Collecting Demographic Data for the Seasonal Casting Practices Survey
Some of Equity’s collective bargaining agreement require employers to submit a Seasonal Casting Practices Survey annually. This allows both parties to the agreement to see how diversely an employer is hiring across a season. This page provides introductory information about why employers should adopt the best practice of collecting demographic data of applicants and employee and how to do so effectively.
Applicant Demographic Surveys, Generally
When Equity asks employers to track and report the demographics of their applicants as well as the Equity members whom they hire, we are in fact asking them to adopt the best practice recommended by the federal Equal Employment Opportunity Commission's Uniform Guidelines on Employee Selection Procedures. Many of our employers – those who employ 100 or more persons and those who receive public funding – are legally required to collect that information.
Regardless of whether the practice is required by law or collective bargaining agreement (CBA), doing so strongly suggests that an employer is free from unlawfully discriminatory hiring practices. With a little 21st century technology, it is very easy to collect the information from both applicants and employees without the awkwardness of asking directly.
Why Collect Demographic Data
Federal law prohibits hiring discrimination in two forms. The first is “disparate treatment,” meaning the intentional discrimination based on race, color, religion, sex, national origin or disability. The second is “disparate impact,” meaning that seemingly neutral job selection procedures remove candidates of a particular race, color, religion, sex, national origin or disability. An employer is liable for disparate impact whether they intend the impact or not. If an employer intends to use the data to avoid hiring practices that create disparate impacts, and if providing the information is optional and voluntary to the candidate, then the employer can legitimately collect demographic data from candidates at the point of application, interview, or audition.
The Society of Human Resource Managers has a great article on collecting demographic data and why an employer should do so.
How to Collect Demographic Data
Guessing candidates’ identities is not an effective strategy for tracking demographic information. Instead, employers can collect that data with a simple webform. Please see this example. Keep in mind that this is an example Equity provides as a courtesy. The employer is responsible for their own audition processes and must do their own diligence to design forms and disclaimers that are best for their organization.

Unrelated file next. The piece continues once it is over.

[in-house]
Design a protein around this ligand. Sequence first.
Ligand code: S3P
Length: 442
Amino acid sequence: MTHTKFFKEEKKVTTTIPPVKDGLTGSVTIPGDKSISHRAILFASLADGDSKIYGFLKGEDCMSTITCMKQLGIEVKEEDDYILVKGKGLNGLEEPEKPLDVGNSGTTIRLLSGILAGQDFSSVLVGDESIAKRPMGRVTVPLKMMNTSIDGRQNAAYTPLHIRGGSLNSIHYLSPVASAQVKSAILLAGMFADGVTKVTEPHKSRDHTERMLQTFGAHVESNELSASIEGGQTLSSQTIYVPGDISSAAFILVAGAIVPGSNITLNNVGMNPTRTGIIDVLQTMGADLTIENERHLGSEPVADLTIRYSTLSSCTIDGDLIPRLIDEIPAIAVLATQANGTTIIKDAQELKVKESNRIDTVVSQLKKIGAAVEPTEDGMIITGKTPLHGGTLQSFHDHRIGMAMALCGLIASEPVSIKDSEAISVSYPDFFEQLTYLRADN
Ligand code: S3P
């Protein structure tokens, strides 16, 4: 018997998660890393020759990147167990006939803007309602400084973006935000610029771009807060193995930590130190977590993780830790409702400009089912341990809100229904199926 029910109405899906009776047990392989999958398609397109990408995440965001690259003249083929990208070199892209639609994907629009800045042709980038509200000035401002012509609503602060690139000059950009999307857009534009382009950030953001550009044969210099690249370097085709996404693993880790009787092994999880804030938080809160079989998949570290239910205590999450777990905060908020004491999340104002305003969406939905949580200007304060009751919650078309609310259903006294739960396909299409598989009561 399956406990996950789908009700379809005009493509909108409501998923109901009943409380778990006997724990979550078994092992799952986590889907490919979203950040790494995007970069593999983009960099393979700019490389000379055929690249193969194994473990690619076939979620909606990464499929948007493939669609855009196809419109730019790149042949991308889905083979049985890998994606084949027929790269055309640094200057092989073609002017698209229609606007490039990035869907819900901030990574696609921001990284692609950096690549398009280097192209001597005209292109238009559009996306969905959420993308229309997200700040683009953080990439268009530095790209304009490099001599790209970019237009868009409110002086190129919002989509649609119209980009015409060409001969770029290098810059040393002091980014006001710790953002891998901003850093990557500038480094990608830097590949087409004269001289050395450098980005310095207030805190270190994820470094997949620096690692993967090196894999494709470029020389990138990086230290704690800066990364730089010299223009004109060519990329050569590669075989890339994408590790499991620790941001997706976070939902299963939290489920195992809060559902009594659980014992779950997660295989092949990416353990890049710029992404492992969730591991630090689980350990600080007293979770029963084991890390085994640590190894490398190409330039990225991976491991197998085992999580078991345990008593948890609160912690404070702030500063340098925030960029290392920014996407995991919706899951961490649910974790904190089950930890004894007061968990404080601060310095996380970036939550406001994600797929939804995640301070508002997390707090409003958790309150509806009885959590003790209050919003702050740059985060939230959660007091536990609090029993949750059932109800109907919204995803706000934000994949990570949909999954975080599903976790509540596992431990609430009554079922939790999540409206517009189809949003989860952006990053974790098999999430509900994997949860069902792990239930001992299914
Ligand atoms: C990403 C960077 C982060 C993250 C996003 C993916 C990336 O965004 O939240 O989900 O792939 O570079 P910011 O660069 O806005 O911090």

Essential elements for demographic data webforms are:
- Reason for the data collection
- Data security notice
- In compliance with the employer’s duty imposed by data security law, the data will remain confidential and will not be used for any purpose other than described on the form
- The data will not be accessible by staff who will interview and audition candidates
- The data will have no bearing on the candidates' applications or auditions
- Questions about all demographic categories in the Casting Practices Survey
- Options to decline to answer each demographic question
As candidates check in at auditions, an employer can have a tablet they can use to complete the survey. It’s also reasonable to email the form to candidates for them to complete on their own devices. The forms can either ask for names or be anonymous. If an employer has included names in the original audition form, they can get the demographic info for their final cast from that data source. If an employer has collected the information anonymously at auditions, they can use a similar form to collect the data from the cast only.
Remember that Equity members have the right to refuse to complete forms when they apply, interview or audition. A member's refusal may have no bearing on whether they are considered for the role.
Digital audition forms can be useful for far more than just completing your Casting Practices Survey. They are a great opportunity to collect other information to support your organization like COVID-19 symptoms screenings, intimacy boundaries and where the applicant learned about the job opportunity.